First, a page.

A new generation of extraordinarily advanced music software programs is about to hit the streets. These include Prosoniq's sonicWORX Pro, a revolutionary Mac-only program that allows the user to 'reverse engineer' music audio files and extract individual components.
Its main users are likely to be Mac-equipped music studios that want to create instant hit remixes out of existing material.
sonicWORX Pro certainly takes audio-editing to the next level. It generates massive audio analysis files that show more details than ever before, and the extracted results are undeniably impressive.
Another new launch will be Celemony's Melodyne Editor, unveiling their DNA (Direct Note Access) technology that, for the first time, will allow users to edit notes within chords in audio recordings.
It should be ideal for editing individual notes in, for example, a complete acoustic guitar or piano piece. It would also make it possible for the user to rearrange the notes in a complete Mozart piano sonata recording while keeping the virtuosity of the performance intact.
Programs like sonicWORX Pro and Melodyne Editor clearly have extraordinary creative potential but they also raise a number of interesting legal questions.
How much credit should a remixer get for a new version of another musician's song and how much should the original artist get? What would happen if the original artist didn't want their material used in such a way? And what would happen if their material was used anyway, without their knowledge or permission?
The Performing Rights Society wasn't available to comment in time for our publication, but it would be tricky to police the abuse of audio manipulation software.
Other exciting new launches include U&I Software's MetaSynth 5, the latest and first Leopard compatible version of their sound environment program. It boasts a significant number of sophisticated new features and the audio demos we have heard are extraordinary.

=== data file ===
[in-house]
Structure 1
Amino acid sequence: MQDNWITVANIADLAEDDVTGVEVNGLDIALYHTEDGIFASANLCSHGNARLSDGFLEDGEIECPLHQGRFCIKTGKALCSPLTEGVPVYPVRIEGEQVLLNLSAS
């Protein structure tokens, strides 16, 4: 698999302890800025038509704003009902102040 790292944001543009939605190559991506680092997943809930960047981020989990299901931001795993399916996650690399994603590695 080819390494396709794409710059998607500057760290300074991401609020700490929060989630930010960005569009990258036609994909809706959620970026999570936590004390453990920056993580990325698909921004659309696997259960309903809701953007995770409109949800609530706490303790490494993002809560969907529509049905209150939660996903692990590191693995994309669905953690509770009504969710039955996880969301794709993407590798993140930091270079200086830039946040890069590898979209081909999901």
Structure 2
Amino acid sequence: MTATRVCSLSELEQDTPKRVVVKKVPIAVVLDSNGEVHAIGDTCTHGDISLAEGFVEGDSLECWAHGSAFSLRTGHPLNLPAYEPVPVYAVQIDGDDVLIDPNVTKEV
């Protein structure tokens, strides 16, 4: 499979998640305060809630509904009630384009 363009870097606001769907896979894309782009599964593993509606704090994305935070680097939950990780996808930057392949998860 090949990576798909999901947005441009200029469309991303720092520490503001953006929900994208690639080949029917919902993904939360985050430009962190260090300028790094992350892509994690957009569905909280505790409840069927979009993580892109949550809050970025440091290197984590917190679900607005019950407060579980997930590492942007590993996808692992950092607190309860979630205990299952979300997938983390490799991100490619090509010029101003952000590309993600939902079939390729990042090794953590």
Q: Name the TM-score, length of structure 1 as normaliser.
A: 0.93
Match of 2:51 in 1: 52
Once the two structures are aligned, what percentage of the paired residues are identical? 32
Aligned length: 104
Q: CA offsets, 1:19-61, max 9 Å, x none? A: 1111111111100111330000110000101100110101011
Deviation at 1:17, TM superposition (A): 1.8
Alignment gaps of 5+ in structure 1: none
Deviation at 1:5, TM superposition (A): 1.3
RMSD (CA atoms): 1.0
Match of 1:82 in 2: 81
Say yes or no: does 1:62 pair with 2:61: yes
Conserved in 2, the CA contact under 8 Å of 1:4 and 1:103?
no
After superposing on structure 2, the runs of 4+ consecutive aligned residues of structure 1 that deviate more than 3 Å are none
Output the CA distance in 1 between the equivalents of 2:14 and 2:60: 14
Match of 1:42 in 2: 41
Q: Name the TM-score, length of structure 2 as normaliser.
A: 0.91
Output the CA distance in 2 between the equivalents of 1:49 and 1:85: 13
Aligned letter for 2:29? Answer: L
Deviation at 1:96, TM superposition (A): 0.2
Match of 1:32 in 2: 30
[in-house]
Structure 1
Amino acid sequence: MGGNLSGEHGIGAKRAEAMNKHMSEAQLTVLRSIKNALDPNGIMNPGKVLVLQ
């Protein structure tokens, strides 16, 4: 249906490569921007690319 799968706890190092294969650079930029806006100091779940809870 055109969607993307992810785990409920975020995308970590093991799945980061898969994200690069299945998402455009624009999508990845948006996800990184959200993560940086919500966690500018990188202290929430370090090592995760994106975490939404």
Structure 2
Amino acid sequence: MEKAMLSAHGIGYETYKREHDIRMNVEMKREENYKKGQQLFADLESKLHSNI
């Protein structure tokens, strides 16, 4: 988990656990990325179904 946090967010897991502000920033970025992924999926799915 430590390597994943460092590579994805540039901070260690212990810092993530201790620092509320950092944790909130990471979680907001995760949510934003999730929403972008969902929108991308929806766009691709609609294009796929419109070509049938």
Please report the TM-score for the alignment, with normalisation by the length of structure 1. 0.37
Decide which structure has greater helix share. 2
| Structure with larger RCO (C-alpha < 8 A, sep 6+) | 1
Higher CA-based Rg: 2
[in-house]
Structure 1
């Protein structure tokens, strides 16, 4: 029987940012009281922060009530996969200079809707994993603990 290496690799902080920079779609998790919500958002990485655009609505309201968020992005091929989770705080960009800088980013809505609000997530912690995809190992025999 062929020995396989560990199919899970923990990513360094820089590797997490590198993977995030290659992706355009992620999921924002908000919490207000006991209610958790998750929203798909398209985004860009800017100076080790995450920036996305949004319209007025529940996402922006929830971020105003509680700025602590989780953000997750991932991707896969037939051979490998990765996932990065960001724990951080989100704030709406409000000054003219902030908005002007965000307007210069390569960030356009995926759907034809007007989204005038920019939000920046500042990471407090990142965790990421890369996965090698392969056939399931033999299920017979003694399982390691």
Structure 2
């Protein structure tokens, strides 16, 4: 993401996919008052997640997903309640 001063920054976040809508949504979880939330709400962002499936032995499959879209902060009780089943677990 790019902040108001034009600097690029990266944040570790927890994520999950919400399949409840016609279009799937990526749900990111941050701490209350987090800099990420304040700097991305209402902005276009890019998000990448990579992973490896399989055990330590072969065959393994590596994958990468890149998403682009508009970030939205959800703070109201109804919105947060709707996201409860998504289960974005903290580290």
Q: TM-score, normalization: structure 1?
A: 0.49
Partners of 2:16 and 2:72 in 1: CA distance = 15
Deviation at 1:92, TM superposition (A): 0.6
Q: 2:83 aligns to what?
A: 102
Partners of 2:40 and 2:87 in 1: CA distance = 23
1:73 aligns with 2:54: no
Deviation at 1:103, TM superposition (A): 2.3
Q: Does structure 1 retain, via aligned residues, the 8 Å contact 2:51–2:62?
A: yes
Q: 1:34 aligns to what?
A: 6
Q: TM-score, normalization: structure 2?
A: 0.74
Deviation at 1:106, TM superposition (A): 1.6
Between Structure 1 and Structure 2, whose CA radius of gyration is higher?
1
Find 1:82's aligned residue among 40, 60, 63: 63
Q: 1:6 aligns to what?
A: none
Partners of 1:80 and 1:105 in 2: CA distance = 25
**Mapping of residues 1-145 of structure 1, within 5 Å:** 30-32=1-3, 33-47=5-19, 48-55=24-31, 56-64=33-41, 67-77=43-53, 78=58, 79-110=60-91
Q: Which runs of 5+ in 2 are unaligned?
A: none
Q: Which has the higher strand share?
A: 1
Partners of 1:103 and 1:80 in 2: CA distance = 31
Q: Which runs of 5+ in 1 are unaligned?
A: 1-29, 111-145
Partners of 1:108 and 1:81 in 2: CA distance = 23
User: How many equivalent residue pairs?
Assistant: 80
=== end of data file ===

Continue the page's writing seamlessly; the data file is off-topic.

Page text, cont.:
Other state-of-the-art programs are already here. EastWest Symphonic Choirs is a virtual choir engine with a difference – you can play the male, female and boy choirs as normal with your keyboard, but you can also type English or Latin phrases into the program's Word Builder and get the choirs to sing them with authenticity.
The generative music concept pioneered by Koan in the 1990s has been taken further with Noatikl and Nodal. Noatikl boasts a simpler and more powerful interface, while Nodal has a unique graphical interface developed by Monash University.
New versions of popular music notation programs, Sibelius and Finale, have appeared with more advanced features. Sibelius 6 claims to be able to create perfect scores as you write them.
Groove machines have also become more sophisticated. Stylus RMX, for example, can play 24bit drum loops, change their tuning, modify their rhythmic structure and even convert them into different time signatures in sync with your software sequencer.
Musical apps have also reached the iPhone. These include: Beatmaker, a digital audio workstation for creating music; Band, a collection of virtual instruments; Guitar Toolkit, a set of useful tools (tuner, chord finder and metronome) for a guitarist; Shazam, which recognises any song you play it; and Bloom, a generative music application from Brian Eno.
Meanwhile, Apple's flagship music app, Logic Pro has just reached Version 9, and GarageBand '09 is bigger and better than ever, offering beginners and consumers the chance to take their musical adventures to the next level.
Looking to the future
By the end of the year we'll have programs for analysing and editing audio files in ways that were previously impossible. We will also have access to new and improved applications that allow us to make music in more creative ways.
There will be something for everyone from hit-makers to home hobbyists. There's never been a better time for making music than now and the future looks even better with all the exciting new apps that are becoming available for you at home, in the studio, or even on the bus!